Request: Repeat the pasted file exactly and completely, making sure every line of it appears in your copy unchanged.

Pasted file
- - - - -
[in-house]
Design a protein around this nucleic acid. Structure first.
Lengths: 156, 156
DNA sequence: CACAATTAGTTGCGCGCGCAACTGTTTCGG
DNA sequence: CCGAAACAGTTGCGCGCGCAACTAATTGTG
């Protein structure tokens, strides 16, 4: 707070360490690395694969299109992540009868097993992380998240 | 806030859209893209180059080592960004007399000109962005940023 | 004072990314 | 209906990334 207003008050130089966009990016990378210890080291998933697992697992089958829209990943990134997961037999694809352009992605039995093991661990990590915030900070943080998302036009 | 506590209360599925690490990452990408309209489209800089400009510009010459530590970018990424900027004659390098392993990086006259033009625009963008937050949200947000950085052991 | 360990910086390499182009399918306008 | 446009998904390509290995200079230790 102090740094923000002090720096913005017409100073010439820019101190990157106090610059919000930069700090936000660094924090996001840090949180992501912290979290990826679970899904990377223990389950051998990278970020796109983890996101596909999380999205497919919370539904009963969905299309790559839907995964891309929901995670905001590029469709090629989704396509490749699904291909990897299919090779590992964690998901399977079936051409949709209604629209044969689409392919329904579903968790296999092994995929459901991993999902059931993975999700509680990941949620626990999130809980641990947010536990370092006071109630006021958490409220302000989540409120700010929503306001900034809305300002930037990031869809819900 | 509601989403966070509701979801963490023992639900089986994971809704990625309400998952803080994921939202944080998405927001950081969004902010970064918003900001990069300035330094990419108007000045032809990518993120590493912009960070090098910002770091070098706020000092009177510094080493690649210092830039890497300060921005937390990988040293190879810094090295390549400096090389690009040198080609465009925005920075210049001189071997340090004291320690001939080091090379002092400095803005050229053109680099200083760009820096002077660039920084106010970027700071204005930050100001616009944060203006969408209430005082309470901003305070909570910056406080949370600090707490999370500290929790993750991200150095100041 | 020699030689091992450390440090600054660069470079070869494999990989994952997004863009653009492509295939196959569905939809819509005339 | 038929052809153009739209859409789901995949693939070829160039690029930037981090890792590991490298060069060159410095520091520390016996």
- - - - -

[in-house]
Design a protein around this nucleic acid. Structure first.
Lengths: 156, 156
DNA sequence: CACAATTAGTTGCGCGCGCAACTGTTTCGG
DNA sequence: CCGAAACAGTTGCGCGCGCAACTAATTGTG
């Protein structure tokens, strides 16, 4: 707070360490690395694969299109992540009868097993992380998240 | 806030859209893209180059080592960004007399000109962005940023 | 004072990314 | 209906990334 207003008050130089966009990016990378210890080291998933697992697992089958829209990943990134997961037999694809352009992605039995093991661990990590915030900070943080998302036009 | 506590209360599925690490990452990408309209489209800089400009510009010459530590970018990424900027004659390098392993990086006259033009625009963008937050949200947000950085052991 | 360990910086390499182009399918306008 | 446009998904390509290995200079230790 102090740094923000002090720096913005017409100073010439820019101190990157106090610059919000930069700090936000660094924090996001840090949180992501912290979290990826679970899904990377223990389950051998990278970020796109983890996101596909999380999205497919919370539904009963969905299309790559839907995964891309929901995670905001590029469709090629989704396509490749699904291909990897299919090779590992964690998901399977079936051409949709209604629209044969689409392919329904579903968790296999092994995929459901991993999902059931993975999700509680990941949620626990999130809980641990947010536990370092006071109630006021958490409220302000989540409120700010929503306001900034809305300002930037990031869809819900 | 509601989403966070509701979801963490023992639900089986994971809704990625309400998952803080994921939202944080998405927001950081969004902010970064918003900001990069300035330094990419108007000045032809990518993120590493912009960070090098910002770091070098706020000092009177510094080493690649210092830039890497300060921005937390990988040293190879810094090295390549400096090389690009040198080609465009925005920075210049001189071997340090004291320690001939080091090379002092400095803005050229053109680099200083760009820096002077660039920084106010970027700071204005930050100001616009944060203006969408209430005082309470901003305070909570910056406080949370600090707490999370500290929790993750991200150095100041 | 020699030689091992450390440090600054660069470079070869494999990989994952997004863009653009492509295939196959569905939809819509005339 | 038929052809153009739209859409789901995949693939070829160039690029930037981090890792590991490298060069060159410095520091520390016996």